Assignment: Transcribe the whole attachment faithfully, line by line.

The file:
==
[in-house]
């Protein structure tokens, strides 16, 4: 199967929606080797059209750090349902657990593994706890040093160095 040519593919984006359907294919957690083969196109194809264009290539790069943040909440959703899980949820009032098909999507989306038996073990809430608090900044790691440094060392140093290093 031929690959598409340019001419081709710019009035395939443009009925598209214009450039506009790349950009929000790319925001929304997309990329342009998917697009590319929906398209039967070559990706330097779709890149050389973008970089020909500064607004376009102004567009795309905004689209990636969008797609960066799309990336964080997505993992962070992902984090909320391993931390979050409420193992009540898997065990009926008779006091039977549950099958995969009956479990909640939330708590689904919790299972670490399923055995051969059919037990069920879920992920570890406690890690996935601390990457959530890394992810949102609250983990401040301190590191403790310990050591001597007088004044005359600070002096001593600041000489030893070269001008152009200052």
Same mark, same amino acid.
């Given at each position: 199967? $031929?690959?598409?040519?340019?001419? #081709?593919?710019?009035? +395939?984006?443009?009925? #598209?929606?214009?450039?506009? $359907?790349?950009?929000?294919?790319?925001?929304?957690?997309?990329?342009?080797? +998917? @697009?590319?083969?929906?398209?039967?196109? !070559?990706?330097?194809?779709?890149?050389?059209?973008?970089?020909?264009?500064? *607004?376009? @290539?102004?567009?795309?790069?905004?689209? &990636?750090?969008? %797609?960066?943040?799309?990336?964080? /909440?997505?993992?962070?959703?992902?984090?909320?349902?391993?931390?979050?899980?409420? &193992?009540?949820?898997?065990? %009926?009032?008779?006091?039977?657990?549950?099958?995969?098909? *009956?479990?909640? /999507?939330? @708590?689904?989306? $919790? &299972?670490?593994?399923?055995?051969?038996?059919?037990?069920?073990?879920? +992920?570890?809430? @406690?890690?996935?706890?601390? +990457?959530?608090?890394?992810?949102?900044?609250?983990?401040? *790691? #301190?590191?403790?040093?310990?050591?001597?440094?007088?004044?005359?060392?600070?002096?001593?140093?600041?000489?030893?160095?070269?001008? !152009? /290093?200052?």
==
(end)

[in-house]
């Protein structure tokens, strides 16, 4: 199967929606080797059209750090349902657990593994706890040093160095 040519593919984006359907294919957690083969196109194809264009290539790069943040909440959703899980949820009032098909999507989306038996073990809430608090900044790691440094060392140093290093 031929690959598409340019001419081709710019009035395939443009009925598209214009450039506009790349950009929000790319925001929304997309990329342009998917697009590319929906398209039967070559990706330097779709890149050389973008970089020909500064607004376009102004567009795309905004689209990636969008797609960066799309990336964080997505993992962070992902984090909320391993931390979050409420193992009540898997065990009926008779006091039977549950099958995969009956479990909640939330708590689904919790299972670490399923055995051969059919037990069920879920992920570890406690890690996935601390990457959530890394992810949102609250983990401040301190590191403790310990050591001597007088004044005359600070002096001593600041000489030893070269001008152009200052």
Same mark, same amino acid.
């Given at each position: 199967? $031929?690959?598409?040519?340019?001419? #081709?593919?710019?009035? +395939?984006?443009?009925? #598209?929606?214009?450039?506009? $359907?790349?950009?929000?294919?790319?925001?929304?957690?997309?990329?342009?080797? +998917? @697009?590319?083969?929906?398209?039967?196109? !070559?990706?330097?194809?779709?890149?050389?059209?973008?970089?020909?264009?500064? *607004?376009? @290539?102004?567009?795309?790069?905004?689209? &990636?750090?969008? %797609?960066?943040?799309?990336?964080? /909440?997505?993992?962070?959703?992902?984090?909320?349902?391993?931390?979050?899980?409420? &193992?009540?949820?898997?065990? %009926?009032?008779?006091?039977?657990?549950?099958?995969?098909? *009956?479990?909640? /999507?939330? @708590?689904?989306? $919790? &299972?670490?593994?399923?055995?051969?038996?059919?037990?069920?073990?879920? +992920?570890?809430? @406690?890690?996935?706890?601390? +990457?959530?608090?890394?992810?949102?900044?609250?983990?401040? *790691? #301190?590191?403790?040093?310990?050591?001597?440094?007088?004044?005359?060392?600070?002096?001593?140093?600041?000489?030893?160095?070269?001008? !152009? /290093?200052?």